Egypt air disaster: Are Russia and the West now in the same boat?

Wreckage of Russian Airbus A321 at the site of the crash in Sinai, Egypt.

Wreckage of Russian Airbus A321 at the site of the crash in Sinai, Egypt.

AFP / East News
This week’s telephone conversation between British Prime Minister David Cameron and Russian President Vladimir Putin over the Russian air disaster in Egypt has raised the prospect that Moscow and the West may be prepared to work more closely in the fight against international terrorism.

With suspicions growing that the Russian Metrojet airliner that crashed on Egypt’s Sinai Peninsula on Oct. 31 was brought down by Islamist terrorists, the telephone conversation this week between British Prime Minister David Cameron and Russian President Vladimir Putin has possibly cleared the roadblock in bilateral relations between London and Moscow for a joint effort to unearth the truth, although no formal commitment to cooperate was made public.

Still, British intelligence appears to be in possession of solid proof that a bomb was planted on the Russian airplane by an offshoot of ISIS in the Sinai Peninsula. The plot was allegedly masterminded by Abu Osama al-Masri, an Egyptian cleric who has sworn allegiance to the Islamists of the self-proclaimed Caliphate. What’s more, the British media, citing Whitehall officials, reported that Cameron’s cabinet would help Egypt or Russia in a “kill or capture” mission, and that SAS operatives could be deployed to Egypt for this purpose.

Moreover, the Russian government has requested the F.B.I. for assistance in carrying out the investigation, and the U.S. federal agency has agreed to render professional help.

All previous attempts by Russia to forge a united front of global powers to fight against terrorists in the Middle East have failed. A single coalition against ISIS has not emerged. Yet certain positive signals were sent in the aftermath of the tragedy over the Sinai, opening the way for some cooperation between Russia and the West, firstly, in order to investigate the air crash and, secondly, to cooperate on security issues. Does this mark a watershed?

Vladimir Sotnikov, director of the East-West Strategic Studies Center, a Moscow-based independent think tank, sounded rather optimistic in his comments to Troika Report:

“The tragedy shows that whenever there are breaches in providing security, and in this case it looks like there were breaches in providing security for foreign nationals vacationing in Egypt, the threat of terrorism will increase. It affects the interests of thousands of people. Not only Russians. The actions taken by many foreign governments in the wake of the air crash prove that they share this approach.”

“Moreover, this tragic event shows that we have one enemy in common. And it has to be dealt with irrespective of any other thorny issues, for instance, the differences we have with the U.S. administration and the UK government over the crisis in Ukraine.”

“Despite recent hawkish statements that Russia is the main security threat to the West, there is a gleam of hope that there will be cooperation between the Western powers and Russia.”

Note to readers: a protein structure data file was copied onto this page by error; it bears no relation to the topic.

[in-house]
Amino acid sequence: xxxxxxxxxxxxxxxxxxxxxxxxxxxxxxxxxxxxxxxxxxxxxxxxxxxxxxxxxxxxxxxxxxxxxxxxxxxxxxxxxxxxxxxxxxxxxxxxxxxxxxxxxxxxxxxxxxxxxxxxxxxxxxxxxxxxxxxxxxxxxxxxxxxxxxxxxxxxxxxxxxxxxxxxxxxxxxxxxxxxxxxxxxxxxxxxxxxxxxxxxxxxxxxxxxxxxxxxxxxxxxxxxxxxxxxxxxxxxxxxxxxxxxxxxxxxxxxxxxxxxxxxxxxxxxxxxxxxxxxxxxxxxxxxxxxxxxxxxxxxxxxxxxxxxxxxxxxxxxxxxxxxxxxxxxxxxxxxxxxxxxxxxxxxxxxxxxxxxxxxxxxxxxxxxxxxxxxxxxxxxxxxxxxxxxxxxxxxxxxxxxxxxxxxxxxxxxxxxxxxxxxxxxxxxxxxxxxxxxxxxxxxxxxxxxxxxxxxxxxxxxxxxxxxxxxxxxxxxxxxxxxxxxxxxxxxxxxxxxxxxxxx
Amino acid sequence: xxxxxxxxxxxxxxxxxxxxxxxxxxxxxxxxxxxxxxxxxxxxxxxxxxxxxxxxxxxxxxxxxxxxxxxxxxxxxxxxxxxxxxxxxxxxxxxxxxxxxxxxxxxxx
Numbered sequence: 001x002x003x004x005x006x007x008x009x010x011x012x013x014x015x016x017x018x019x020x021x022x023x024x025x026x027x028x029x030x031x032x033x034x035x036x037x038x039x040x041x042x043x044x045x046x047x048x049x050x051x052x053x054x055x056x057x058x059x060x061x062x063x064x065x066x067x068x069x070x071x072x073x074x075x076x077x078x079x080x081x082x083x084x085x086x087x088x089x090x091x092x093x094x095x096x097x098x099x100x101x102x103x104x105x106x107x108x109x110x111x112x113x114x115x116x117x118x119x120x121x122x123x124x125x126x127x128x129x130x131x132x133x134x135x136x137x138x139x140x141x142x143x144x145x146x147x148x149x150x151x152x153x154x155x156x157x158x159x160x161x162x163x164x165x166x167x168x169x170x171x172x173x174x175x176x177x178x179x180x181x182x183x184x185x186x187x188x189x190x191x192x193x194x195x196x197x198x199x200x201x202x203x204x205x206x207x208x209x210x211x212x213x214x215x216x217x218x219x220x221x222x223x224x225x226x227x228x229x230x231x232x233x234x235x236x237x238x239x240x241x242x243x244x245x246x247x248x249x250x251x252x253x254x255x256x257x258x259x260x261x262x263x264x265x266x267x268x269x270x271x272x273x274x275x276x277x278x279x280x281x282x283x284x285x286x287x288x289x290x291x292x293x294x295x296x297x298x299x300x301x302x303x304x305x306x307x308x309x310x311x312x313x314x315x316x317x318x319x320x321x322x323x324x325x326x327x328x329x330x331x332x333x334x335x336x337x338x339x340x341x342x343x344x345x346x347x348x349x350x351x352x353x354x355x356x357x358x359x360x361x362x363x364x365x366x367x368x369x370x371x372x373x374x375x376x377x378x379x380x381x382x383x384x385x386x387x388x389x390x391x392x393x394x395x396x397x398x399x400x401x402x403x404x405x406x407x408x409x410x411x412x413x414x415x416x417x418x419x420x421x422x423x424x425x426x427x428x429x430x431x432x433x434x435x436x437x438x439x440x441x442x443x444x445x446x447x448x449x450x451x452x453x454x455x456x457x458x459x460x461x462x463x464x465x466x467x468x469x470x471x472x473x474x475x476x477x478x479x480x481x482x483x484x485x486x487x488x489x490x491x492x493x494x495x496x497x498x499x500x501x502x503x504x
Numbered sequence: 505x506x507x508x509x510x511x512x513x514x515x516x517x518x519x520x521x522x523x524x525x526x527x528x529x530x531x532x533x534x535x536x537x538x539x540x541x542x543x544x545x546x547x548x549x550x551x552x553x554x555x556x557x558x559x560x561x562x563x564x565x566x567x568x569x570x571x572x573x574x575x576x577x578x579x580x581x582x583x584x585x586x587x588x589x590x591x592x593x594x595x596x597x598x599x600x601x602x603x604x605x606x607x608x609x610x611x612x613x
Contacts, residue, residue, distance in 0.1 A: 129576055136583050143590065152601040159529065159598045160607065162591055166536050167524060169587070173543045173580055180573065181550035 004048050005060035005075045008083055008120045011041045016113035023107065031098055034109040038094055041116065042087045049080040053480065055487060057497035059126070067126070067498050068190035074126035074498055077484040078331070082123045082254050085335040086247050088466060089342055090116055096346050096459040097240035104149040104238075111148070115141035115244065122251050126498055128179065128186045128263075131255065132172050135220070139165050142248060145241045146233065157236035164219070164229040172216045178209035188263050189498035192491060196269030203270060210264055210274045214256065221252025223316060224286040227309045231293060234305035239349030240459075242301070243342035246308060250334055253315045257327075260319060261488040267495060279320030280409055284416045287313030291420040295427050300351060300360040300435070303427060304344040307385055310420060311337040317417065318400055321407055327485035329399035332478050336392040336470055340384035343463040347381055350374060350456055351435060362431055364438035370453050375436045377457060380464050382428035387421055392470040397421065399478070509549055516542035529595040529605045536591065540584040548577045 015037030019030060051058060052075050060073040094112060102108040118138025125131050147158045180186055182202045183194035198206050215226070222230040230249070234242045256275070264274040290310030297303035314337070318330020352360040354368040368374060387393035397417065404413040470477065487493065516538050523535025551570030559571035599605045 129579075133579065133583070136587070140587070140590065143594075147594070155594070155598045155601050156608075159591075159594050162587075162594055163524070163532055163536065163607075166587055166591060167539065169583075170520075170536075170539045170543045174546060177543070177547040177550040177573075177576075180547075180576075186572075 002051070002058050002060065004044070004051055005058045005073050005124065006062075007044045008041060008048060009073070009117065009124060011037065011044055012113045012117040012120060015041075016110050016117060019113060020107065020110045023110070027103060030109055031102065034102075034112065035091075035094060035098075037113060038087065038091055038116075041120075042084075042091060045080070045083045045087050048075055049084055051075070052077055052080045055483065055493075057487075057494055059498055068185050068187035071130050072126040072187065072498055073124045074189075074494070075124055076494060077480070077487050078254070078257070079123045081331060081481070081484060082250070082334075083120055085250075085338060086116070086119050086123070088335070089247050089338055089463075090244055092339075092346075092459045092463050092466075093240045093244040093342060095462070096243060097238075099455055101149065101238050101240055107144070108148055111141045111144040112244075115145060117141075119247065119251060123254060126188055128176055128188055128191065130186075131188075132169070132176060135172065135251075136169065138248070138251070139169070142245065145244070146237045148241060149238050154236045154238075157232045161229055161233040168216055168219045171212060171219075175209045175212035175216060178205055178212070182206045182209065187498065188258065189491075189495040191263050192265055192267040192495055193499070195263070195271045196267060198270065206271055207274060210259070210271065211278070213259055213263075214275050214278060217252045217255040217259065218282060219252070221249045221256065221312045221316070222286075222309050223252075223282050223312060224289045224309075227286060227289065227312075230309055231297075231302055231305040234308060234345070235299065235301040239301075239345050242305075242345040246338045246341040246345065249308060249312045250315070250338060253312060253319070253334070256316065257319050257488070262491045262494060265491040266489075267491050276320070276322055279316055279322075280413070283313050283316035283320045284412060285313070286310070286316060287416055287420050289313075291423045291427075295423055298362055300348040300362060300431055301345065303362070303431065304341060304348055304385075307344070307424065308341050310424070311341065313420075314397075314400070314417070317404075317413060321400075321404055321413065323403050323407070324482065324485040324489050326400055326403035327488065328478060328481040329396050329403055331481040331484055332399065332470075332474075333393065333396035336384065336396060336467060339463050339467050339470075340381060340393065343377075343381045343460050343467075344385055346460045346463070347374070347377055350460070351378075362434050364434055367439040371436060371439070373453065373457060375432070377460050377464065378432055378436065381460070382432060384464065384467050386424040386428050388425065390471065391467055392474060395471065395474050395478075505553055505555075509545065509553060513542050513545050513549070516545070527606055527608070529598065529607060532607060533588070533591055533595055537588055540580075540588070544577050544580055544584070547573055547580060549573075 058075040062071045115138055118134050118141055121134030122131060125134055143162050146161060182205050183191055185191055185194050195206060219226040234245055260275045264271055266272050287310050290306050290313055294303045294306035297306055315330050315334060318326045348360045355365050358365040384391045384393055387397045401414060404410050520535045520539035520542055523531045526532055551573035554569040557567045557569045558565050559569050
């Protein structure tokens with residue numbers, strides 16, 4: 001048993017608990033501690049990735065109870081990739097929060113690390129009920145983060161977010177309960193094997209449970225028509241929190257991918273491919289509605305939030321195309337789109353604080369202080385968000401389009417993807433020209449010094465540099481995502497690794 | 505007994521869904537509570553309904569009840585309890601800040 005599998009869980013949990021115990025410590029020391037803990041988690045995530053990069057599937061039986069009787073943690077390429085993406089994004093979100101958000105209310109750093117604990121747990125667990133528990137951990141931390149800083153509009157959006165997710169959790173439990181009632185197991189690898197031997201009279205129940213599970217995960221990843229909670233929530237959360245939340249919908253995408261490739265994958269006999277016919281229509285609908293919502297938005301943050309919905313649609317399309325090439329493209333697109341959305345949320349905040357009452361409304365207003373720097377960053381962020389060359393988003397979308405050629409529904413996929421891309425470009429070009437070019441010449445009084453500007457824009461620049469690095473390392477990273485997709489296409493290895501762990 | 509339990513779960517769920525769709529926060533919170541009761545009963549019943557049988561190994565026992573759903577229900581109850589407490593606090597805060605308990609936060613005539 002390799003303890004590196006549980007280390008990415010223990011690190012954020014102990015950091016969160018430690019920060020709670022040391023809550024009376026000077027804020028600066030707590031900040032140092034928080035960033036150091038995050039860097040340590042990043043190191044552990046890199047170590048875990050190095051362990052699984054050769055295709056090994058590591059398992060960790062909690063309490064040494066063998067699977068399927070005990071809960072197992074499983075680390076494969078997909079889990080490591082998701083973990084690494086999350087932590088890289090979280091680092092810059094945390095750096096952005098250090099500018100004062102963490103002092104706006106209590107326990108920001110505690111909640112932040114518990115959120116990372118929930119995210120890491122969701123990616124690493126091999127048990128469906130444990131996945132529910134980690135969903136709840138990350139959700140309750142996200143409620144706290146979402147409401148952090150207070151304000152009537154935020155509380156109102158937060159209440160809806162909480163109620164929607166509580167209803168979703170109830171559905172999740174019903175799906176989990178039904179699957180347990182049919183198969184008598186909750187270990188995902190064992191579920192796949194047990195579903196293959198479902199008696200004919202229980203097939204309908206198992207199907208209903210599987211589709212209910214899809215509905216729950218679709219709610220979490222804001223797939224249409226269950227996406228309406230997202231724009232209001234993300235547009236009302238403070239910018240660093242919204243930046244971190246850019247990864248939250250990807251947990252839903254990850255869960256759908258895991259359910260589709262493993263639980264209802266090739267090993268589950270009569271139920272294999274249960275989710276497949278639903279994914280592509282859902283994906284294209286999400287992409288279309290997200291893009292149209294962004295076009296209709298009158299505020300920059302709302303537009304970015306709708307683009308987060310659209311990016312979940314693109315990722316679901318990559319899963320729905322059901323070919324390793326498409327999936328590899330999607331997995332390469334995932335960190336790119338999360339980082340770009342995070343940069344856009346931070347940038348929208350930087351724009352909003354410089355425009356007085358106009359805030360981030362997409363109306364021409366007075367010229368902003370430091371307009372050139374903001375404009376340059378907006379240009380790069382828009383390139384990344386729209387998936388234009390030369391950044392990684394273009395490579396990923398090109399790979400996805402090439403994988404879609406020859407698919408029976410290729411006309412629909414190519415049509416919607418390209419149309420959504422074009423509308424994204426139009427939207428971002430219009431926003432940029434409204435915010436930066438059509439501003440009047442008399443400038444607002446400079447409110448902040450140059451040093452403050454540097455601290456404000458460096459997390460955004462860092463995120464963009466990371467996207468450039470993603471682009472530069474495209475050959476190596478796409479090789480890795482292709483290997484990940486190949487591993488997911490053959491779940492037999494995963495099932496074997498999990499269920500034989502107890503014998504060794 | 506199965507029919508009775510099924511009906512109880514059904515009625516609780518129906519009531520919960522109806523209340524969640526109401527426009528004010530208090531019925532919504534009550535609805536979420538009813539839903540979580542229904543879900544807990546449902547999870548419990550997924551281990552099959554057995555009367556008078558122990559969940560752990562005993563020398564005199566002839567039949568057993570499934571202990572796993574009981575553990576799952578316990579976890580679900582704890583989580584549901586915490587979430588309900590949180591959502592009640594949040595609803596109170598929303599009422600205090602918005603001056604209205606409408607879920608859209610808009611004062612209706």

Sotnikov emphasized that the phone conversation between Cameron and Putin was largely symbolic since London and Moscow remain at odds over major regional conflicts and security issues.

The road to putting together a global response to a global challenge will be bumpy. This week The New York Times seems to have reprinted a stereotyped viewpoint dating back to the peak of the Cold War by claiming that there is “deepening belief in the Russian public, stoked by Mr. Putin’s propaganda machine, that Western governments are conspiring against the country’s interests.”

This assumption does not resonate with the continuous insistence by Moscow that Russia will not neither shut down nor shut up, and will not opt for self-isolation. Russia’s recent concerted diplomatic engagement bears witness to the seriousness of Moscow’s intentions. The West in general, and the U.S. and UK in particular, are viewed as partners in pursuing a common goal.

The first signs of potential interaction between Russia and the West in clarifying the particulars of the catastrophe in mid-air coincided with a symbolic statement by Al Qaeda leader Ayman al-Zawahiri: “The Americans, Russians, Iranians, Alawites, and Hezbollah are coordinating their war against us – are we not capable of stopping the fighting amongst ourselves so we can direct all our efforts against them?”

The Europeans are conspicuously missing from the blacklist but it is hardly conceivable that they have been exempted, given the centuries-old perception by Muslim fundamentalists of Europeans as crusaders from the West. This call for “terrorists incorporated” should not be taken lightly.

If the West and Russia fail to realize that they are in the same boat or the same airliner, targeted by a common enemy driven by a deep-seated hate, and if they fail to admit that internal squabbling weakens them in the face of adversity, then the chances of winning not just the battle but the war against global terrorism are pitifully slim.

The opinion of the writer may not necessarily reflect the position of RBTH or its staff.

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